A Conviction Politician
May 20, 2014
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Former Rep. Jesse Jackson Jr. (D-Ill.), who is currently serving time in federal prison, has used his time productively, as he's reportedly authored two books.

Jackson told Alabama news site AL.com that the two books he has written are called The Tao of Jesus Christ, and The Last Campaign: A Memoir. Jackson is currently housed in the federal prison located at Maxwell Air Force Base in Montgomery, Alabama.

Jackson is serving a two-and-half year sentence, on charges related to his having misused campaign funds to buy luxury items for himself. He is scheduled to be released from prison on Dec. 31, 2015. Eric Kleefeld

all apologies
12:30 a.m. ET
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One of the two gay hoteliers who hosted an event for Sen. Ted Cruz (R-Texas) last week in New York City said it was a "terrible mistake," and he has since educated himself on Cruz's stance against gay marriage.

On his Facebook page Sunday, Ian Reisner, who owns the OUT NYC hotel, said he was "ignorant, naive, and much too quick in accepting a request to co-host a dinner with Cruz at my home without taking the time to completely understand all of his positions on gay rights." He apologized to "the gay community and so many of our friends, family, allies, customers and employees," and pledged to "try my best to make up for my poor judgement." He made the apology one day before a planned march outside of OUT NYC, and after the Broadway Cares charity canceled its annual event at a nightclub Reisner co-owns.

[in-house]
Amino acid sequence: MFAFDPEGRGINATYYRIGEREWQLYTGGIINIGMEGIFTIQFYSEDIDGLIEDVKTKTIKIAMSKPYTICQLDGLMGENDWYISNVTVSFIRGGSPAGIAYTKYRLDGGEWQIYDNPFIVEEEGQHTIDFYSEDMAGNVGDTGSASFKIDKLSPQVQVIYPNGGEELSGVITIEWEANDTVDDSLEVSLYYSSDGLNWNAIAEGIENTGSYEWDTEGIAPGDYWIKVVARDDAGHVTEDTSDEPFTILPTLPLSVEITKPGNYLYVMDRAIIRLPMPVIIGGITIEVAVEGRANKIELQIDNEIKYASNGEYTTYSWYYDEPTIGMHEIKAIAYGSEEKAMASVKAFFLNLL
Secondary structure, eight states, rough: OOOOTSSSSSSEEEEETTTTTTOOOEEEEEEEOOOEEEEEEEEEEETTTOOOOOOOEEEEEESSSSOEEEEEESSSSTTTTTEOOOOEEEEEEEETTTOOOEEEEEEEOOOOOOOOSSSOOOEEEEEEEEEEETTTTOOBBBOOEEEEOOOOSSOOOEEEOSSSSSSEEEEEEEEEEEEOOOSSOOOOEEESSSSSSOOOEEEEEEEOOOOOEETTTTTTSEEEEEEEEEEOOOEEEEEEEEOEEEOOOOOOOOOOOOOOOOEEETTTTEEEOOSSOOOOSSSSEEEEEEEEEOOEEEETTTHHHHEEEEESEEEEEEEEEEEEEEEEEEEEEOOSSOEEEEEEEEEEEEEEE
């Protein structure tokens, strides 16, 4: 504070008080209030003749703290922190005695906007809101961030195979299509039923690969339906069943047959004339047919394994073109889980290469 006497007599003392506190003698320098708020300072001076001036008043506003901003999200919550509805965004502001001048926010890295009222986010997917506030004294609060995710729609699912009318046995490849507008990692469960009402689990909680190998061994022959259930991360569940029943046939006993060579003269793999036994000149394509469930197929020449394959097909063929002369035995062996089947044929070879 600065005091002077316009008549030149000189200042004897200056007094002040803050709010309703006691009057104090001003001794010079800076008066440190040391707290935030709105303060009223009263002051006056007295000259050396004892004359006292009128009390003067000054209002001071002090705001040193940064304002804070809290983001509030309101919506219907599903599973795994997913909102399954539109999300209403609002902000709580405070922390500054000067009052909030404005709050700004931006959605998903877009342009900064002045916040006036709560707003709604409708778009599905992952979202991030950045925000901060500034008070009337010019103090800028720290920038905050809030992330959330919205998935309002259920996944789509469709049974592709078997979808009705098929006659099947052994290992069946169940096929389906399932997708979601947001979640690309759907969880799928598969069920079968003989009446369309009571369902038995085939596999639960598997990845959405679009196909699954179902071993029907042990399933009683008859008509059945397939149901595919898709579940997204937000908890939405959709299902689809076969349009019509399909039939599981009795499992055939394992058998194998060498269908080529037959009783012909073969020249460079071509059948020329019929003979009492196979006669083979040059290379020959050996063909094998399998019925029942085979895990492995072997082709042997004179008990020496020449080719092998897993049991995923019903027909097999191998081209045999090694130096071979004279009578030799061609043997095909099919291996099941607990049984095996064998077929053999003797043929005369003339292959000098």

Along with his business partner Mati Weiderpass, Reisner held the dinner reception for Cruz on Monday at the duplex they own on Manhattan's Central Park South. It was billed as a "fireside chat" for about 12 people, and was not a fundraiser, The New York Times reports. Reisner, Weiderpass, and Cruz are all staunch supporters of Israel, and after the event, Reisner told the Times, "Ted Cruz was on point on every issue that has to do with national security." Catherine Garcia

survival story
April 26, 2015

Girl Scout cookies save lives.

On Friday, a police helicopter spotted the reflection of a white Ford Explorer near the Crisp Point Lighthouse along Lake Superior in Michigan's Upper Peninsula. Sisters Leslie Roy, 52, of Nebraska and Lee Marie Wright, 56, of Oklahoma, were trapped inside, two weeks after the SUV became stuck in the snow. The two were on their way to visit family, but were unable to call for help because they did not have cellphone reception. The car eventually lost power, and the sisters ended up surviving by wearing layers of clothes, eating the little bit of food they had in the car — Girl Scout cookies and a bag of cheese puffs — and drinking melted snow.

Roy and Wright said that while it was difficult, they never stopped believing they'd finally be rescued. "Through the days and nights while in the woods, we survived using love and hope in our families," they said in a statement to The Associated Press. "Our faith in God held our confidence that we would eventually be found. We took note of circling aircraft, available water resources, the supplies we had. These factors eased our mind and allowed us to stay alive for 13 long days." Catherine Garcia

ch-ch-ch-changes
April 26, 2015
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With sales slipping, PepsiCo announced that it will no longer sweeten Diet Pepsi with aspartame.

Starting in August, Diet Pepsi's new formula will use sucralose and ace-K instead of aspartame, which some people believe is linked to cancer. Seth Kaufman, senior vice president of Pepsi and flavors, told USA Today that the change wasn't due to questions about the safety of aspartame — he said it is perfectly safe for consumption — but what customers said they wanted. "To Diet Pepsi consumers, removing aspartame is their No. 1 concern," he said. "We're listening to consumers. It's what they want."